CAPITAL REGION, N.Y. (NEWS10) – Tuesday, NEWS10 told you how local law enforcement is using drug recognition experts to detect impaired drivers. Wednesday, we took you to DRE training school to show you what their training is all about.

NEWS10’s camera was allowed inside this classroom where 20 officers are being trained on impaired driving and it is all part of a long process.

“First, you’re required to successfully complete the basic course for police officers at 6 months of training and the new curriculum also includes a one-day course on recognizing the cannabis impaired motorist, then you’re required to complete a two day a ride course: advanced roadside impaired driving enforcement,” said Albany County Sheriff Commander, Adam Kerel.

Once they get passed that, they are now DRE class ready.

“There’s like basically two weeks of classroom work where you’re learning about how to evaluate somebody impaired by something other than alcohol,” said DRE and Rensselaer County K9 deputy, Alida Durrant.

“Then we do the DRE certification process. We’re going to go down in Jacksonville between about 40 to 60 hours, we’re going to do a bunch of evaluations,” said Jack Guaneri, Schenectady Police officer and DRE trainee.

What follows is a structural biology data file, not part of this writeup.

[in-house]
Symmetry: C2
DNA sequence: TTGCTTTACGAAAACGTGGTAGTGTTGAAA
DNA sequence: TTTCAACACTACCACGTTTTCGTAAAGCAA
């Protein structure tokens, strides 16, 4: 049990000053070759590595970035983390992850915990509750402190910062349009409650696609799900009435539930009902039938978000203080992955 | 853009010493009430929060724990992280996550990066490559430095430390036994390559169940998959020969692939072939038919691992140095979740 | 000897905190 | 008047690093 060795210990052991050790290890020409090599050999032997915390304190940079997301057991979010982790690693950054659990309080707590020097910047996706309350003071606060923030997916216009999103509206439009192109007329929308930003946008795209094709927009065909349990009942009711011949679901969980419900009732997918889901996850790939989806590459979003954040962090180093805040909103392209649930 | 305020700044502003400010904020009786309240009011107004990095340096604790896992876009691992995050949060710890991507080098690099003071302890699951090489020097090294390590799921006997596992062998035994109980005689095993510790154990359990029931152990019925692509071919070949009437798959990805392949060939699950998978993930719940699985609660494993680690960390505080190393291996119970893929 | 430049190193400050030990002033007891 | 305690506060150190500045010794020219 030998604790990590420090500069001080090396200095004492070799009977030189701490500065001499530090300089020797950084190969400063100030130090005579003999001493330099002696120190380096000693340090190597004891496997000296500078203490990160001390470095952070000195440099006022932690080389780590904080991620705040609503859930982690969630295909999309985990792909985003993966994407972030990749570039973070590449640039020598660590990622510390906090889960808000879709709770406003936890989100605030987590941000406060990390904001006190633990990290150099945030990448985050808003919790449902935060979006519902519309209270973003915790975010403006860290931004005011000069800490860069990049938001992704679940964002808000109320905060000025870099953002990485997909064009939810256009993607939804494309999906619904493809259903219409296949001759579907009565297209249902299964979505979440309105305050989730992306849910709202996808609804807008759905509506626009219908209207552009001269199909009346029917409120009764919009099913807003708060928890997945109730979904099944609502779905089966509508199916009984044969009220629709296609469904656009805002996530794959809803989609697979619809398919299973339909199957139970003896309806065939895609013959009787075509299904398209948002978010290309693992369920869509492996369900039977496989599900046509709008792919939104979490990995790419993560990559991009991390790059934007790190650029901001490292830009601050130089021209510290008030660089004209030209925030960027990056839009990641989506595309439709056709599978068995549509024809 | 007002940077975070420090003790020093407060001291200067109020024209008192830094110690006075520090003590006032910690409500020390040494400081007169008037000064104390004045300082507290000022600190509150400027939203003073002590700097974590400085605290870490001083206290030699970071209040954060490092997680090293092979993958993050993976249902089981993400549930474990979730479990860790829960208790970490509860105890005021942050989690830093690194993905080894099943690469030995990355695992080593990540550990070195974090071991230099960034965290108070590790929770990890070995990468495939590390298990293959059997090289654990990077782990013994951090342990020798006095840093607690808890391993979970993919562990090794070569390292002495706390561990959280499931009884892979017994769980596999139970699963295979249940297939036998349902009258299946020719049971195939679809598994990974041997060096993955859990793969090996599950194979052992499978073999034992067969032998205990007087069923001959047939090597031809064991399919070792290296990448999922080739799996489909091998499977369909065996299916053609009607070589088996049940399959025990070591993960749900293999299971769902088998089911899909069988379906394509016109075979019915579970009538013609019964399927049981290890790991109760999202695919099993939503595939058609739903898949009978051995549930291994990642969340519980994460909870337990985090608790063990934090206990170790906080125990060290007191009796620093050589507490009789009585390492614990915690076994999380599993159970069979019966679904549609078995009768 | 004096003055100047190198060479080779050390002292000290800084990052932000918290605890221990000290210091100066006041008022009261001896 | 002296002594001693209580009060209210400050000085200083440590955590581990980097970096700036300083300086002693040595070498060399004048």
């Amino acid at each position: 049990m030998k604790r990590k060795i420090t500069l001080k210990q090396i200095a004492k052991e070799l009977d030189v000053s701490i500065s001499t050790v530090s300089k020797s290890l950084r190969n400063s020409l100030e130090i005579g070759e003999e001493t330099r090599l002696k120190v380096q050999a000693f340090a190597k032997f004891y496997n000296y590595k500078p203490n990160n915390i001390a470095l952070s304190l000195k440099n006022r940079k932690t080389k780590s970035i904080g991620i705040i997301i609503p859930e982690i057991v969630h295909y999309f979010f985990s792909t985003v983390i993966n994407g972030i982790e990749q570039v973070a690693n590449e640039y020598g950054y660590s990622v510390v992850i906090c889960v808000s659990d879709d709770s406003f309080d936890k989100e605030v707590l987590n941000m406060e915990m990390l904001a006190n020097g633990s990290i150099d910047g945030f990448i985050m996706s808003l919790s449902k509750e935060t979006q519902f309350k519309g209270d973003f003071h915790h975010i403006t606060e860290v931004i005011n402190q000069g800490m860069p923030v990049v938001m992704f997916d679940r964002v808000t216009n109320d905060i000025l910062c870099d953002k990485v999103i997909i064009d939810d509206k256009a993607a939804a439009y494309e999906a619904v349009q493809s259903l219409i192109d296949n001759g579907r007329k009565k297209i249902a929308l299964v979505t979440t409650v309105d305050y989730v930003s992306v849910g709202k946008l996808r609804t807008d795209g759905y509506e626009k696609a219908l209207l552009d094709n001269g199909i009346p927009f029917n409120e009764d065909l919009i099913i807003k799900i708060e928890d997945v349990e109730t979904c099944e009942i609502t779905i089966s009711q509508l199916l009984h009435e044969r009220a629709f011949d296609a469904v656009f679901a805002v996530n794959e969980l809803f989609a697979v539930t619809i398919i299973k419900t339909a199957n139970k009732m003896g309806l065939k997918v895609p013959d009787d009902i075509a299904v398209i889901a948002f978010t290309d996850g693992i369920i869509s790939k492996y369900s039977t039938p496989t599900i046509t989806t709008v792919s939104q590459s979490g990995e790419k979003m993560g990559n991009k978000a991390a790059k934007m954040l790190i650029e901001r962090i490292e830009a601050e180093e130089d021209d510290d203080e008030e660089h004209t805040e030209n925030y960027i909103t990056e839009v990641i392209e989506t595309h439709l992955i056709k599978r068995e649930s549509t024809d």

Part of the evaluation process is testing suspected drugged drivers.

“When there’s multiple categories of drugs that you think somebody’s impaired by, it might not even look like they’re impaired so learning how to really pay attention to everything that you do with them is really important,” said Durrant.

To show you how the testing works they tested me. First thing was to see if I was drunk.

The DRE protocol is a standardized and systematic test.

The first test is a check of my medical history, then vital signs to see if they are matching what is considered an average read.

Next is the classic finger to nose test, then there is the walk and talk tests. Straight lines and feet together no swaying. And I can tell you these tests are not so simple. Even I had issue with following directions.

Finally, is the dark room pupil test. 90 seconds in the dark then a series of lights flashed into your eyes.

These DRE’s want the public to know they can be trusted to get the job done.

“It is a very stressful and very informative process that we have to go through so to have faith in us and to allow us to our job and you know support us,” said Guaneri.

Commander Keral says the need for DRE’s has increased and that New York is well on its way to exceeding 500 drug recognition experts by the end of 2023.

“From 2021 to 2022 it was one of the first ever increases in traffic fatalities and DWI arrests in New York state so there’s definitely an uptick and any DRE’s, the more the merrier,” said Kerel.